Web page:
The Devil’s Music: The Life and Blues of Bessie Smith at Mosaic Theater Company

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You wanna sing the blues? Then you’ve gotta pay the dues! You gotta live, you gotta love, you gotta hurt, you gotta sing, and you gotta roll with it! Mosaic Theater Company of DC sure is rolling with it as they roll on into the start of Season 3 with the area premiere of The Devil’s Music: The Life and Blues of Bessie Smith. Conceived and Directed by Joe Brancato, this wild and wicked tale extrapolates on the final moments inside the mind and music of The Empress of Blues, Bessie Smith, with her larger than life persona animated by solo performer and musical arranger Miche Braden. A powerful evening of nostalgia, deeply moving blues music, and a stunning performance given by Braden and the trio of instrumentalists on stage with her, The Devil’s Music is a firecracker of a start to the company’s third season.

The evening is placed inside a lavish parlor; the plush and cozy interior is dipped in shades of wood and wine, highlighted by mural style art work depicting party scenes of which Smith could have once taken part. Set Designer Brian Prather fabricates a sensation in the atmosphere, a velvet embrace that snuggles up sensually to the stage and envelops it with sultry warmth. Reflecting that notion in the show’s illumination tactics, Lighting Designer Todd O. Wren floods the stage with side lighting in those rich hues of red and pink, often underscoring the wanton ways of Bessie Smith’s life, particularly when she gets to singing some of her more tawdry tunes. Wren makes exceptional use of the hot white spotlight during critical moments of the performance, one of the more notable moments coming to mind when Anthony E. Nelson Jr., on sax, is wailing away a note against one of Miche Braden’s incredible belted sustains somewhere between “Guess I Better Blame it on The Blues” and her bit about Ma Rainey.

Miche Braden as Bessie Smith in The Devil's MusicStan Barouh
Miche Braden as Bessie Smith in The Devil’s Music

Having the live orchestral trio— Jim Hankins, as Pickle on Bass, Anthony E. Nelson Jr. on sax, and Gerard Gibbs on piano— as an integral and functional part of the live-stage show is a delightful treat to the audience. Appearing as Bessie Smith’s band for the evening, this trio of talented musicians are each given moments to showcase their skill set, most often displayed through runaway solos on the bass, saxophone and piano respectively. They way that the trio plays around with the Bessie character, having developed a fond kinship with her, reflects years of working together and augments the level of intimacy displayed over the course of the performance. Nelson Jr., in particular, has a fiery working relationship with the Bessie character, cheekily playing all over the place and often getting sexually physical with her when he blows his horn her way.

Miche Braden embodies the Empress of Blues with an unforgiving and unrelenting thunder that shakes the whole house down. Bawdy, coarse and unrefined, Branden is a whole mess of something else and you’d better steer clear of her way. With that dog-tired sound of soul raising up through her voice every time she takes to pushing out a number— like the raunchy “Sugar in My Bowl” or “Sho’ ‘Nuff, Daddy”, which gets the whole house singing and clapping along— Braden is Bessie Smith incarnate in emotional fortitude and robust personality if not in replicated sound as well. There is a grit to the way Braden approaches the character; she is unafraid to grab hold of that drunken edge and ride it raw straight through the brutal conclusion of the show, all the while busting out into the blues, song after song. Every note feels unadulterated and surges with passion, every mournful tune tearing up from someplace deep inside her soul.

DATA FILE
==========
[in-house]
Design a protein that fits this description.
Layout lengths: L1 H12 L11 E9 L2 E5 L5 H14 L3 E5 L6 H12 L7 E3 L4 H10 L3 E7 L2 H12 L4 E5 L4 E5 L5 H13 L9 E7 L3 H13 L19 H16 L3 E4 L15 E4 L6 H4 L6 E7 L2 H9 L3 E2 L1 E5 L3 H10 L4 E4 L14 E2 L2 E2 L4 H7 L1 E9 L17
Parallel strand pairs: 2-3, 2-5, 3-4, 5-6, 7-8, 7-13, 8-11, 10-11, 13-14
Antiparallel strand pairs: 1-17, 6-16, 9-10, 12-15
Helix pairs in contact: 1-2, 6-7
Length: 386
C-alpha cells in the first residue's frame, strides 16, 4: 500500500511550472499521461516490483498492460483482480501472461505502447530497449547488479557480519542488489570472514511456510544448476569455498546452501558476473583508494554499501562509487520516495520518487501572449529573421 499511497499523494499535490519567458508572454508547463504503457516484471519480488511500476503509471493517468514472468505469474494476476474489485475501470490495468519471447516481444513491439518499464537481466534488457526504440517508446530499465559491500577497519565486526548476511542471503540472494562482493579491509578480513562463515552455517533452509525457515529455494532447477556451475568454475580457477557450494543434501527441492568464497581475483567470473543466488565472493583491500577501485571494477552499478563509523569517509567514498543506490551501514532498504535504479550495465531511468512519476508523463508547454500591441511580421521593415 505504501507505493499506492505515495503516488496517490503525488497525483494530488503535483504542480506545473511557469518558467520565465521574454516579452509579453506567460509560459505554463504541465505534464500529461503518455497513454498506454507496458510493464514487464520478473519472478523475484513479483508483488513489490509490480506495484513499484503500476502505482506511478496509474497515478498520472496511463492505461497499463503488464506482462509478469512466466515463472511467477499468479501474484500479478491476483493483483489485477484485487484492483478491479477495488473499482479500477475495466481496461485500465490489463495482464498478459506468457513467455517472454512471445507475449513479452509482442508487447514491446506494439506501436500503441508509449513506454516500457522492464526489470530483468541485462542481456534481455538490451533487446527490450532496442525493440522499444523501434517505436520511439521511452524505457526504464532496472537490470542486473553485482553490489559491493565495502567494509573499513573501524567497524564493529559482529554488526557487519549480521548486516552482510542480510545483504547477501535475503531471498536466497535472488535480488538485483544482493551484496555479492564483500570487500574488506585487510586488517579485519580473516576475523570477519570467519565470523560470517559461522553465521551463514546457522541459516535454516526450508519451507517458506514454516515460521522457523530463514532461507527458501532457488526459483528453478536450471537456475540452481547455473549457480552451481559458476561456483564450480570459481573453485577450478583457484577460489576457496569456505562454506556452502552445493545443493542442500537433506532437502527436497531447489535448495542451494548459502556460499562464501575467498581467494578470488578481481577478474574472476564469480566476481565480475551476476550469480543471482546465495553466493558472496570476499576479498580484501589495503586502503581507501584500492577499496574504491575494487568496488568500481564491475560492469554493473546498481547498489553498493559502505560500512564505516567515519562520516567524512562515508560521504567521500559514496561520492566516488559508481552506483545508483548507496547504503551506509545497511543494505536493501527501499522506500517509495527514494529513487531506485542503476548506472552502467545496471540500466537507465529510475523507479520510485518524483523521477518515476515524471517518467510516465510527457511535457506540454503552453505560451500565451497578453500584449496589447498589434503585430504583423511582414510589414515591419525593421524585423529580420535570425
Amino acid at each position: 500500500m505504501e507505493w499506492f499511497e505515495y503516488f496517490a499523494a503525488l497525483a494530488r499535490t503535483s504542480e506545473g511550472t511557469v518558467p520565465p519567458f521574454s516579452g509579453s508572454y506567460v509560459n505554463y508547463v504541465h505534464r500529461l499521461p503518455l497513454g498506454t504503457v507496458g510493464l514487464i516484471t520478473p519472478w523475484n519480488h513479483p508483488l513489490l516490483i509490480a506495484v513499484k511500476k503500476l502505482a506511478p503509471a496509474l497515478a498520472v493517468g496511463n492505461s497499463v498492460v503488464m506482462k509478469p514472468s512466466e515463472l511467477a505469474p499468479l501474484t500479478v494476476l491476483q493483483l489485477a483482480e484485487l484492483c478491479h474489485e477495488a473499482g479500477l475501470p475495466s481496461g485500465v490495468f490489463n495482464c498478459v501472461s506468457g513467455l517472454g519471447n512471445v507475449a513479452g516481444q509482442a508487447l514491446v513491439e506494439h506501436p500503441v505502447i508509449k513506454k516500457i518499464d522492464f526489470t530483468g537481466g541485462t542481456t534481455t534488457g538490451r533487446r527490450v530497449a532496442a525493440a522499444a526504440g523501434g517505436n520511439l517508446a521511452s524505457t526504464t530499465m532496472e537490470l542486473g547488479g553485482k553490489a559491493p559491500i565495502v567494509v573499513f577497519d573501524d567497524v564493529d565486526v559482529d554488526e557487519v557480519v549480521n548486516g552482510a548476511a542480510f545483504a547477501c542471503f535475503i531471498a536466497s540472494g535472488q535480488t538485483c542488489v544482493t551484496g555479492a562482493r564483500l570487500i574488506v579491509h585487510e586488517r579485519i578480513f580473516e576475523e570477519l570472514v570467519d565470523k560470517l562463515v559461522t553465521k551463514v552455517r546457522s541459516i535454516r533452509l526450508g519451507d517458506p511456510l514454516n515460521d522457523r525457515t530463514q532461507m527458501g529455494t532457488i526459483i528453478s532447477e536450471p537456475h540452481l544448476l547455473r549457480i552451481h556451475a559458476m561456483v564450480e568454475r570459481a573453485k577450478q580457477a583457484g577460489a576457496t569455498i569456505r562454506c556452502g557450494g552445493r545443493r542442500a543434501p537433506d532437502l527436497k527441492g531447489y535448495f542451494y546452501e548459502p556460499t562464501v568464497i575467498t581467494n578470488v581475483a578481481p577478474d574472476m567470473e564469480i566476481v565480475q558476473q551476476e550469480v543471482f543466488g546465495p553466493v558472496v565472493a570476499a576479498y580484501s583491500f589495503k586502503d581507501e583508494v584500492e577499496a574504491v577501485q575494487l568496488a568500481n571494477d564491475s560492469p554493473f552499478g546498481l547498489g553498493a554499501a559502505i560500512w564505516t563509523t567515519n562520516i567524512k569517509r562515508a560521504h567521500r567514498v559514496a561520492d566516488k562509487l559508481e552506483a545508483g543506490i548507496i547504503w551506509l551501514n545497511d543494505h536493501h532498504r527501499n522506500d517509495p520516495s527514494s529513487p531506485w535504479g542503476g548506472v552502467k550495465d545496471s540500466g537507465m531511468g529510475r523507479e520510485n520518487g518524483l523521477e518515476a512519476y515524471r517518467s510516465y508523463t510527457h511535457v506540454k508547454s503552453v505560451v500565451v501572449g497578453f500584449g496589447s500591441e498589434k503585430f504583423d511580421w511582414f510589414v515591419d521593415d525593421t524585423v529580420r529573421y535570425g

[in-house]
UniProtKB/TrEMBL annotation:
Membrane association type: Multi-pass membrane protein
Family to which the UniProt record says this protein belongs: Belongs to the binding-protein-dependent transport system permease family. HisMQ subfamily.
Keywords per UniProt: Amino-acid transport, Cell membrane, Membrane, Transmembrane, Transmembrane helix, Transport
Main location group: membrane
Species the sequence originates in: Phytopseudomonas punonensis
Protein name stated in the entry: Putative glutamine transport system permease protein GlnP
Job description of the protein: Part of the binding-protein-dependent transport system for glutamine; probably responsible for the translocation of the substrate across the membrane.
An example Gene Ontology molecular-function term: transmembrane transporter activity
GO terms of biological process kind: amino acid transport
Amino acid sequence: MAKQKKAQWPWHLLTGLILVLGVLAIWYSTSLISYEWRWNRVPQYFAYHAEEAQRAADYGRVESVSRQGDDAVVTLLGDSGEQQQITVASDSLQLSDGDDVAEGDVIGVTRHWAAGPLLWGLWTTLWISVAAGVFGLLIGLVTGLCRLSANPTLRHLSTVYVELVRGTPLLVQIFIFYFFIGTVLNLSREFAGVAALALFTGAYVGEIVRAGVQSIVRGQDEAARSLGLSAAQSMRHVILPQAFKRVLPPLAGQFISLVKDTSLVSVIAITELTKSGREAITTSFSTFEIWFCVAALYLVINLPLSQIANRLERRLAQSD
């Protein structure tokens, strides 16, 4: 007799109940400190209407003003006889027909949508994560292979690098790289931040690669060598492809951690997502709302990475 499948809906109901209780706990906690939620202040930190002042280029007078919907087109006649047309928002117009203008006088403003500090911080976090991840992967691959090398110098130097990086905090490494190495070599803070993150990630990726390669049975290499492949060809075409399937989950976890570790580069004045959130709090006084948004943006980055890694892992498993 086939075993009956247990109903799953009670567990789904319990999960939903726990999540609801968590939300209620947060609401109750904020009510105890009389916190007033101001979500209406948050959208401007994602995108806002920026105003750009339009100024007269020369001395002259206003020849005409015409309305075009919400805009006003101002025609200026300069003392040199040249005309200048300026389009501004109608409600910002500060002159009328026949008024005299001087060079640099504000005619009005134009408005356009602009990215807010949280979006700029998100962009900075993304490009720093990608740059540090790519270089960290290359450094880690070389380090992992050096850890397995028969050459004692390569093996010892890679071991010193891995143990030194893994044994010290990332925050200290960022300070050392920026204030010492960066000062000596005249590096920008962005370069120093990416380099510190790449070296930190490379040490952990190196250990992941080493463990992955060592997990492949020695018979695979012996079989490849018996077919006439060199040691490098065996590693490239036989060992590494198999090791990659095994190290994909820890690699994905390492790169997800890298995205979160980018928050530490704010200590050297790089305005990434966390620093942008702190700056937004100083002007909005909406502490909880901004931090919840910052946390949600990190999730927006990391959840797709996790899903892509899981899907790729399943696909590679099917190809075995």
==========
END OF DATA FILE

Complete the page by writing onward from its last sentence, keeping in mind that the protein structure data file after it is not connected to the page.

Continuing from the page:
Miche Braden (left) as Bessie Smith and Anthony E. Nelson Jr. (right) on Sax Stan Barouh
Miche Braden (left) as Bessie Smith and Anthony E. Nelson Jr. (right) on Sax

There are stunning moments of storytelling, hilarious moments of laughter, heavy moments of tears, and a whole wide world of emotional expression that Braden masterfully embodies and exudes over the 85 minutes wherein her character of Bessie Smith dominates the stage, taking up every breath of air in the space. Outfitted to perfection in a glossy amethyst evening gown, created by Costume Designer Patricia E. Doherty, Miche Braden as Bessie Smith is the evening’s entertainment, no questions asked. Even when the harrowing truth comes pouring out and she melts her soul into “I Ain’t Got Nobody”— bringing the audience to a tearful ovation— Braden is in total control of the evening’s emotional path. Remarkably outstanding, Miche Braden and her trio of fine musicians are giving you a night at the theatre you will not forget!

Mosaic Theater Company of DC has erupted into the H-Street Corridor of North East DC and is blazing scorch marks with the first production of their third season. You’ll be going to hell in a hand basket if you miss out on this fine fire-hot ruby of a show!

Running Time: Approximately 85 minutes no intermission

The Devil’s Music: The Life and Blues of Bessie Smith plays through September 24, 2017 with Mosaic Theater Company of DC in the Theresa and Jane Lang Theatre of The Atlas Performing Arts Center— 1333 H Street NE in Washington, DC. For tickets call the box office at (202) 399- 7993 ext. 2 or purchase them online.

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